French big pharma company Sanofi, the fifth-largest pharmaceutical company in the world, is seeking to expand, with an eye on Principia Biopharma. The San Francisco-based company already works with Sanofi on the development of treatments for central nervous system (CNS) diseases, like multiple sclerosis, and a slew of autoimmune diseases.
After selling off its stake in Regeneron Pharmaceuticals Inc., Sanofi has up to $50 billion available for acquisitions and investments. Once Principia was rumored to be Sanofi’s primary target, shares in the company shot up 13% on July 16. However, there has still been no official statement about a potential acquisition, or an expansion of the partnership between the two.
The main product currently coming down the Principia pipeline is rilzabrutinib, a therapy for treating immune-system diseases. The BTK inhibitor, a type of medicine most typically used to treat cancers, is being used by Principia to treat pemphigus, a family of diseases that causes painful blisters. Immunotherapies for cancers, autoimmune diseases, or other maladies have been the primary recipients of Sanofi’s interest in recent years.
Other companies, like Bristol Myers Squibb, Roche, and Gilead, have attempted to utilize BTK inhibitors to treat autoimmune diseases, but so far all have failed. However, Principia recently surprised many doubters when their unlikely MS drug passed its phase 2 clinical trial.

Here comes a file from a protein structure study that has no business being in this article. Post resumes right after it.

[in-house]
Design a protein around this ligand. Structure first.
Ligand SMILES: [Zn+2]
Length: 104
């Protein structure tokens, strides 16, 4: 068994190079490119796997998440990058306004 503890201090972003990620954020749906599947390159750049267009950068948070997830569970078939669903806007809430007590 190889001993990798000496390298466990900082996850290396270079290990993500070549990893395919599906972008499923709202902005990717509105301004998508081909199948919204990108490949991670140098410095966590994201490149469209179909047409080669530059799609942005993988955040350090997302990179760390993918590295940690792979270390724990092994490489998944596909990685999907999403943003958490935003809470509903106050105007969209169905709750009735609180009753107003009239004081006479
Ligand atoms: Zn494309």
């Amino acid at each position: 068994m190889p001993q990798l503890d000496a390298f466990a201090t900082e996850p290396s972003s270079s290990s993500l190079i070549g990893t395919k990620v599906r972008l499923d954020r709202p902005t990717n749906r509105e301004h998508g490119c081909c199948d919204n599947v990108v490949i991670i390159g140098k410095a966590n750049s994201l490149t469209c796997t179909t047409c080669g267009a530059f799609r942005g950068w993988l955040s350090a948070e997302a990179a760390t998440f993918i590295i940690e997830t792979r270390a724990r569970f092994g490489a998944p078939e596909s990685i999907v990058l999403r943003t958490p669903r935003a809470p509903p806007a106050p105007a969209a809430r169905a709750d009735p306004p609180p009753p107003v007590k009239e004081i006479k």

Immunotherapy drugs can come at a high cost to patients, which could be part of the reason Sanofi is so keen to snap them up. They present the potential for high profits, which is especially appealing for a company that recently shifted its leadership. Sanofi brought in Paul Hudson as their new chief executive officer last fall, who immediately trimmed the leadership team from 14 down to 10. Hudson stated early on that he wanted the company to focus on high-growth areas, specifically immunology, cancers, and rare diseases. Acquiring Principia Biopharma would align well with his vision in terms of the types of therapies they produce. It would also help Sanofi embark on a much-needed rejuvenation, as 78% of last year’s sales were made from drugs that are over a decade old.